One can only imagine what sits in the museum archives. Next up for the museum founder is transformation of an old cement factory, a work-in-progress since the 1990s.
For more about City Museum, 701 N. 15th St., St. Louis: www.citymuseum.org, 314-231-2489.
Other less-obvious ways to get acquainted with St. Louis:
– Tour the Cathedral Basilica of Saint Louis, 4431 Lindell Blvd., whose Byzantine interior is covered with the world’s biggest mosaic collection (41.5 million pieces of molten glass on 83,000 square feet of ceiling, walls and floors).
The artwork depicts Biblical, church and city history. A basement museum explains how and when mosaic work was undertaken. For more: www.cathedralstl.org, 314-373-8240.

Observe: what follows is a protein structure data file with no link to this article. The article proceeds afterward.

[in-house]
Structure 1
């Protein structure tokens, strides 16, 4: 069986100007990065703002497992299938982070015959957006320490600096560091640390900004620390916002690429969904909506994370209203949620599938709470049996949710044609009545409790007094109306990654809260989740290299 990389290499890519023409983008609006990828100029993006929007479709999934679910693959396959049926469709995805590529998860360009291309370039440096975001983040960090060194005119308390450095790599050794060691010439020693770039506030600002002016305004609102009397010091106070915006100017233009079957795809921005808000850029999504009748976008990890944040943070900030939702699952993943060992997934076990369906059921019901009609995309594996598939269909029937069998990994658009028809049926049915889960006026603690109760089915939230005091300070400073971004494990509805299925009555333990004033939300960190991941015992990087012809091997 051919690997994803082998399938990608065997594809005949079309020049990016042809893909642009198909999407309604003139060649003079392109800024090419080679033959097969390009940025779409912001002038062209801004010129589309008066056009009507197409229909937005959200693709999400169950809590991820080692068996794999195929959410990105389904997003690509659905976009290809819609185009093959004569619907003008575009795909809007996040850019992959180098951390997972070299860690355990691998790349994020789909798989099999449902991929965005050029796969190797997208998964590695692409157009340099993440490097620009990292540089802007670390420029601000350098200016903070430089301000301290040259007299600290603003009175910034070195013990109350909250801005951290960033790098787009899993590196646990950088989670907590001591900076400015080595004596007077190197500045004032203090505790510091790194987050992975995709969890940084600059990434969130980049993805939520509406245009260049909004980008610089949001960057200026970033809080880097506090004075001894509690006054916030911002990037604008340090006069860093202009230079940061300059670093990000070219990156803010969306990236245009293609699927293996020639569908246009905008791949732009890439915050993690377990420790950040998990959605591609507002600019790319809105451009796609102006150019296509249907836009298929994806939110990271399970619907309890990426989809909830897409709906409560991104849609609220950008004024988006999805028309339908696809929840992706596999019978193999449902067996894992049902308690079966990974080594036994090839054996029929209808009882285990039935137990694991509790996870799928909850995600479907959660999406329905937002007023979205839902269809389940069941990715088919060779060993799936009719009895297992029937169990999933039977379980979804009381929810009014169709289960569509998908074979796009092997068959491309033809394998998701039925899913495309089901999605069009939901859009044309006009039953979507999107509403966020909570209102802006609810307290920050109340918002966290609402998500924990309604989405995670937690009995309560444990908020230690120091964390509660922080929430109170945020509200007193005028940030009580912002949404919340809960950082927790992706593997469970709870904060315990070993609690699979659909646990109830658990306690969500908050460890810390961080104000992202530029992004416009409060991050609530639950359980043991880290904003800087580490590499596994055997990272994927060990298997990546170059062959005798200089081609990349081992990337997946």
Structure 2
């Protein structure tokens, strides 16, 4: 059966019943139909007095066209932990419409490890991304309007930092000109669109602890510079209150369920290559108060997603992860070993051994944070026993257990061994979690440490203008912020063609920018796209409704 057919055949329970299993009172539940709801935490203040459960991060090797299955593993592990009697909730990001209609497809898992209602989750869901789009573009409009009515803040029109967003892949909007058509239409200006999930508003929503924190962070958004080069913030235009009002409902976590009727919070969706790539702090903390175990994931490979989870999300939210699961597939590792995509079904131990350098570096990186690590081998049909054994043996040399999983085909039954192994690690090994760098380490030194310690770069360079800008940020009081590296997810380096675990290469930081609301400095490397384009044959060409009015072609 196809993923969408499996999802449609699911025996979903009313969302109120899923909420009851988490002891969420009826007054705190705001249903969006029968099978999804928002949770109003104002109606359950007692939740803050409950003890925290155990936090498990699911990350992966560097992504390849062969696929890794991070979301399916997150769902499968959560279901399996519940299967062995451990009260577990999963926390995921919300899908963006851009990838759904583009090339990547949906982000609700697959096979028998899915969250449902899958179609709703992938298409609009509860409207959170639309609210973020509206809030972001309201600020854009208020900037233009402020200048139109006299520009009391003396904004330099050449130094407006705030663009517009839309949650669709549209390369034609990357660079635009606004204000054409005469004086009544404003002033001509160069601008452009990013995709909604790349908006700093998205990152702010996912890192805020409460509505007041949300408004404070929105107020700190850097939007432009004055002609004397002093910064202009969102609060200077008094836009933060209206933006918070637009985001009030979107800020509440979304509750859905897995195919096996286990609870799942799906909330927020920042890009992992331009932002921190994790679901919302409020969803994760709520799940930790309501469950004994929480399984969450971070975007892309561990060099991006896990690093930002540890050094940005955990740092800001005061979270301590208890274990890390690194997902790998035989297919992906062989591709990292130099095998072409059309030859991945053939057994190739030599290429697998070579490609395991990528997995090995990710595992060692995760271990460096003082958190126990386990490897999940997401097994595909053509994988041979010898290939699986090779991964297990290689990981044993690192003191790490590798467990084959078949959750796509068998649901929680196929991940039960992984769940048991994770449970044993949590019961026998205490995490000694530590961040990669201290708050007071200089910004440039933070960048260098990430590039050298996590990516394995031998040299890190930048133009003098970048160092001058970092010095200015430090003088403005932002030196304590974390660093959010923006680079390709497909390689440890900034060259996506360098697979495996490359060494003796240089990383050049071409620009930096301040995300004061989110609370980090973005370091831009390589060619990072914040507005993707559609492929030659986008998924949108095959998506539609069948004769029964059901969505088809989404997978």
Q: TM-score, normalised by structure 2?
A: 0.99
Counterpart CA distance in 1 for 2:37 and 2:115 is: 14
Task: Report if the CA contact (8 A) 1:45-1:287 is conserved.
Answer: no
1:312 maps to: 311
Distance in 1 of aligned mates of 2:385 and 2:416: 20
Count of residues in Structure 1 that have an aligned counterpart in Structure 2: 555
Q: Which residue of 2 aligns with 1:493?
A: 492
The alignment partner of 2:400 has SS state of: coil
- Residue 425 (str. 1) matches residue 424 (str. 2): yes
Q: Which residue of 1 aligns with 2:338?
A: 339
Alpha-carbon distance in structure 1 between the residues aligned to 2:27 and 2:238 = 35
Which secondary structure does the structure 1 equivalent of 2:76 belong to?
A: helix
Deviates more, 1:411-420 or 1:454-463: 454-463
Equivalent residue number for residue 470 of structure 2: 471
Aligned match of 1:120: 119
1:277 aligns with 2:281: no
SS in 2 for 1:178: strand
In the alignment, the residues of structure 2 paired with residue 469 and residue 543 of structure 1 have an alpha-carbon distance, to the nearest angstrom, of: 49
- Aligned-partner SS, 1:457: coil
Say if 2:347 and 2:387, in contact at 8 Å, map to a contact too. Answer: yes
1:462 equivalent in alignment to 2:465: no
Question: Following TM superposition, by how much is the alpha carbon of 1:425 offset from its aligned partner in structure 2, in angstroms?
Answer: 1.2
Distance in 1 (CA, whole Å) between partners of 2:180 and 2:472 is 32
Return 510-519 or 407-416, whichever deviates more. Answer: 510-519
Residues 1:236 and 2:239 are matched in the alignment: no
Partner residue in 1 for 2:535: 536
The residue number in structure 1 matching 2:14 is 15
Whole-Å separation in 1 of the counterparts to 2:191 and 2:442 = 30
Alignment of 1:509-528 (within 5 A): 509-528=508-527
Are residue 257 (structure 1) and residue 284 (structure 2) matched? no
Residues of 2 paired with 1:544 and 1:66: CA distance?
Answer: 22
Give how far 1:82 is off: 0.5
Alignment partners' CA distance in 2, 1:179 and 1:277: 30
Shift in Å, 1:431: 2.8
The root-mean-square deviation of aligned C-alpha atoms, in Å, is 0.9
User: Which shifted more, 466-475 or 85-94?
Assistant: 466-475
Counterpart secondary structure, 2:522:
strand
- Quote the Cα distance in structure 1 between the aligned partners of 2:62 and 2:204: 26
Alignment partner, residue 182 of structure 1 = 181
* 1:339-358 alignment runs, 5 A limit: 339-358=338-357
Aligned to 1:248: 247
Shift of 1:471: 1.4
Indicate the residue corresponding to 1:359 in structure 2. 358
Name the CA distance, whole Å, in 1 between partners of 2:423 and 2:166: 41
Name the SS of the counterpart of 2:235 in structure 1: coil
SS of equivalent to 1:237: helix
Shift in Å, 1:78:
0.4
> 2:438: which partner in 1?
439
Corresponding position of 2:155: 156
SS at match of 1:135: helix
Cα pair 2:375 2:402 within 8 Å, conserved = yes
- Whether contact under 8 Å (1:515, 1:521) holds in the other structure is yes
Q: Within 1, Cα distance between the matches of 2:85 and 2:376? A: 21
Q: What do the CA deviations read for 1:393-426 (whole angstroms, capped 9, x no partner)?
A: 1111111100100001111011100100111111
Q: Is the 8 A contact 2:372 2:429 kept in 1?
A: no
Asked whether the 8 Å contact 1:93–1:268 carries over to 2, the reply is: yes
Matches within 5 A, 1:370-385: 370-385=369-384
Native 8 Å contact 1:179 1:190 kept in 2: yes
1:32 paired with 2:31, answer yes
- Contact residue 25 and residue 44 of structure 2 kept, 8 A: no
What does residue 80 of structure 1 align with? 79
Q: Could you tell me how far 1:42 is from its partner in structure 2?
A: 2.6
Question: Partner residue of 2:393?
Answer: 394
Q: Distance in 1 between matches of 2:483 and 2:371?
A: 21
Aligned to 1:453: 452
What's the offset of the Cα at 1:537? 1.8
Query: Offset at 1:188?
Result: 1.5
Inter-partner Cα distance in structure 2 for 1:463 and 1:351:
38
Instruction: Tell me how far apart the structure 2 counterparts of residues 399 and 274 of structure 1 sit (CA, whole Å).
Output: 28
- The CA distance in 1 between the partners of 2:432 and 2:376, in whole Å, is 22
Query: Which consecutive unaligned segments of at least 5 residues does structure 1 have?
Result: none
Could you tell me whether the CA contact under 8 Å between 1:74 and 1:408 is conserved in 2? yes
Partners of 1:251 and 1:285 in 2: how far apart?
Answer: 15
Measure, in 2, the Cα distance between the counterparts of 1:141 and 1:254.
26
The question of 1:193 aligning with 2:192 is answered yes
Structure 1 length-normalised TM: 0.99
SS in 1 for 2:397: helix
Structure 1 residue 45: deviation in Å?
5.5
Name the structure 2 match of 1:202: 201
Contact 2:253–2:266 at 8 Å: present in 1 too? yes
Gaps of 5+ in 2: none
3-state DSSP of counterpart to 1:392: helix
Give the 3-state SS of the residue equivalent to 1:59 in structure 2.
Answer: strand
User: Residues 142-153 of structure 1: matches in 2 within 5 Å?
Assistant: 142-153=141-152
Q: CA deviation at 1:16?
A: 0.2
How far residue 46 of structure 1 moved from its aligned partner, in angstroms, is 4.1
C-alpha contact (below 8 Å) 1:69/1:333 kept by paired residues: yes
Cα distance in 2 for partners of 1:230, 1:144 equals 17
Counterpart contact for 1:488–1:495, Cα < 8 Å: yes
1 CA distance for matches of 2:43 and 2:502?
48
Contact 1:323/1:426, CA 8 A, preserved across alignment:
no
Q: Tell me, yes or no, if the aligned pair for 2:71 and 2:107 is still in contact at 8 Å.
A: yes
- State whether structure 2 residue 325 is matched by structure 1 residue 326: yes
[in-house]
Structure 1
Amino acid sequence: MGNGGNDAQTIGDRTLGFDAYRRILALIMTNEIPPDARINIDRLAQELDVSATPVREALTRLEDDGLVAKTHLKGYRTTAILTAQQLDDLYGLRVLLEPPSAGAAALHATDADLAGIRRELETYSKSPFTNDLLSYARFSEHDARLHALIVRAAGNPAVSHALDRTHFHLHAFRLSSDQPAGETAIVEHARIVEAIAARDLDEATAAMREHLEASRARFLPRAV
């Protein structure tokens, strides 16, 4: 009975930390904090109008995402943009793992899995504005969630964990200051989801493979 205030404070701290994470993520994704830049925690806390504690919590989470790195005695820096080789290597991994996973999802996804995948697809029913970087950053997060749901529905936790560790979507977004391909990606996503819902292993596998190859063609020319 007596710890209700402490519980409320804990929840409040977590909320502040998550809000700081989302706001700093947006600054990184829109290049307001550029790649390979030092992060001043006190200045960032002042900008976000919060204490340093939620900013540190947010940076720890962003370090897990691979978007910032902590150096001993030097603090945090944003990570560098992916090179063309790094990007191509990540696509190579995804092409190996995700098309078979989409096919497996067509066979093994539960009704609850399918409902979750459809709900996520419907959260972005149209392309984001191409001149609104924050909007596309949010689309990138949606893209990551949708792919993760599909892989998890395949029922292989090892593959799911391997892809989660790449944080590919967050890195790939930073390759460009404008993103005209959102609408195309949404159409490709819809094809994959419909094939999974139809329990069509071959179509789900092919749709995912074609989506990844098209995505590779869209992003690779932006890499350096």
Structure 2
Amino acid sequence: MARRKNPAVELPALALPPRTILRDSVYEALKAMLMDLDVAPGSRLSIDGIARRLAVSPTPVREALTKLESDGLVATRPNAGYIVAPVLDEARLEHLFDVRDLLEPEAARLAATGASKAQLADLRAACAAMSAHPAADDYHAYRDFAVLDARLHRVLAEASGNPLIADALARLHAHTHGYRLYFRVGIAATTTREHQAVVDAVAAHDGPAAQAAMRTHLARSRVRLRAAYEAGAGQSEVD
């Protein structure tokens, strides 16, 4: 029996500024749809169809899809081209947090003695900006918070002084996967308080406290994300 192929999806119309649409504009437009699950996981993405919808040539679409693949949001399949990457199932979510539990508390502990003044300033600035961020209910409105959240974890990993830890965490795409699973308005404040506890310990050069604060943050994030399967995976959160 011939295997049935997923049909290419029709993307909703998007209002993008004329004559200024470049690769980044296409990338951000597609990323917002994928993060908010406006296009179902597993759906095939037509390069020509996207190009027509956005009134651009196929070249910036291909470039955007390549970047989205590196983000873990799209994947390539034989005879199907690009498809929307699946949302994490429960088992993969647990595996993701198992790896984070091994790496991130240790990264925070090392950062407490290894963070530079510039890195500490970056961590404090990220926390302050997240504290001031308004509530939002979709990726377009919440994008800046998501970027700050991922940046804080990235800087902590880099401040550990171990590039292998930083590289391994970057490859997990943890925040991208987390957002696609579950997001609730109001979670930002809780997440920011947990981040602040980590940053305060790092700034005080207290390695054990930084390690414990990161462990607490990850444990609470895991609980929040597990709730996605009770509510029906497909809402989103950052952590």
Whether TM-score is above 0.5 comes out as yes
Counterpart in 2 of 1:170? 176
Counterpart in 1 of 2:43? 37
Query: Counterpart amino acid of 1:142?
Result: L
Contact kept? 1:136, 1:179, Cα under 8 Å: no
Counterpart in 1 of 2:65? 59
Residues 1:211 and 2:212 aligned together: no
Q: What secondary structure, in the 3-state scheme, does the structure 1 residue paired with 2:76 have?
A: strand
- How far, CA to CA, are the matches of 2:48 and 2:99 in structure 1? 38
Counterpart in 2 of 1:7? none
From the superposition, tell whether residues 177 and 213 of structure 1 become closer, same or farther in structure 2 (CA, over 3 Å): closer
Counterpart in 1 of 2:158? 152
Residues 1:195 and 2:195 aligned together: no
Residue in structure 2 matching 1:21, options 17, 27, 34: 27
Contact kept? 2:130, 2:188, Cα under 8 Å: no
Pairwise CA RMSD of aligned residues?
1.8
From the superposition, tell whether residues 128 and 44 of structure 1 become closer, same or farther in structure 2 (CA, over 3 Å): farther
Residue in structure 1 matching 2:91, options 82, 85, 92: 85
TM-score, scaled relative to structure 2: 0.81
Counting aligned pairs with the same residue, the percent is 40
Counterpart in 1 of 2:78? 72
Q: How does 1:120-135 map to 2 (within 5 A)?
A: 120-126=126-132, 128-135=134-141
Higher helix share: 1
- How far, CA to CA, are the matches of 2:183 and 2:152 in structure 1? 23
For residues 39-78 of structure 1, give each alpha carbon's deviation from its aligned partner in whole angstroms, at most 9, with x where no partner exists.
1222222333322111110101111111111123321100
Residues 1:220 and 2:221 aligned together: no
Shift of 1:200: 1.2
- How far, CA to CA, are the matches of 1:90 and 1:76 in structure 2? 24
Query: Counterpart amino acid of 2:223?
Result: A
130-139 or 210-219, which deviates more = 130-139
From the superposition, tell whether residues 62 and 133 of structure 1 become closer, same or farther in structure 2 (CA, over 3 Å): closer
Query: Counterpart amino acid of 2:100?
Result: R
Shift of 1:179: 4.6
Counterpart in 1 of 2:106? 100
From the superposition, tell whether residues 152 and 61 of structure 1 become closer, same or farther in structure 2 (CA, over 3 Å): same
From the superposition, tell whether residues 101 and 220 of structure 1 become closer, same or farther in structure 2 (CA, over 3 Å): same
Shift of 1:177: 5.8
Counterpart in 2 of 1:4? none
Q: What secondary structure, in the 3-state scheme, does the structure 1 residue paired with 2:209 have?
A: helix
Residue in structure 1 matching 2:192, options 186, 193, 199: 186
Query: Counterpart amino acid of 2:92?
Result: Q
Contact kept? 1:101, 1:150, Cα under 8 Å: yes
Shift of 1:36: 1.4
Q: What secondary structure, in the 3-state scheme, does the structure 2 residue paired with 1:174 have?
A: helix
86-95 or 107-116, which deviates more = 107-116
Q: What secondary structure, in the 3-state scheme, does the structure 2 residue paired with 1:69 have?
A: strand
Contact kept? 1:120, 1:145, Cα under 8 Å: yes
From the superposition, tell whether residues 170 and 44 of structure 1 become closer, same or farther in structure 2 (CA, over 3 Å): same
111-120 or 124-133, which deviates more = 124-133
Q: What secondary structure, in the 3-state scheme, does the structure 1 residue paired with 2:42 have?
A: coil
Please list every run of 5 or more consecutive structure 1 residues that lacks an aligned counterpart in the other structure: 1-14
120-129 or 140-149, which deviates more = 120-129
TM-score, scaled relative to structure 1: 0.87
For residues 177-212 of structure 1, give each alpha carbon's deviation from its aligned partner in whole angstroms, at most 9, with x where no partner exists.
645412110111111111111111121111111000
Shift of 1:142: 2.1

– Tour Schlafly Bottleworks, 7260 Southwest Ave., and sample the handcrafted beer. Also on the premises is a garden, whose bounty is used in the brewpub’s daily specials. Add an order of warm pretzel bread, with a beer-cheese sauce for dipping.
Visit on a Wednesday afternoon, when a farmers’ market moves onto the premises. Local, family-owned purveyors get star treatment on the brewpub menu. For more: www.schlafly.com, 314-241-BEER.
– Order a BLT salad, meat loaf platter or slow-cooked corn beef at McMurphy’s Grill, 614 N. 11th St., and contribute to a worthy cause. Since 1990, the restaurant has provided job training to homeless and mentally ill adults – the first such program in the U.S.
St. Patrick Center oversees this endeavor and supports clientele work in other ways, including the City Seeds Urban Farm, operated through the nonprofit Gateway Greening. For more: www.stpatrickcenter.org, 314-231-3006, and www.gatewaygreening.org, 314-588-9600.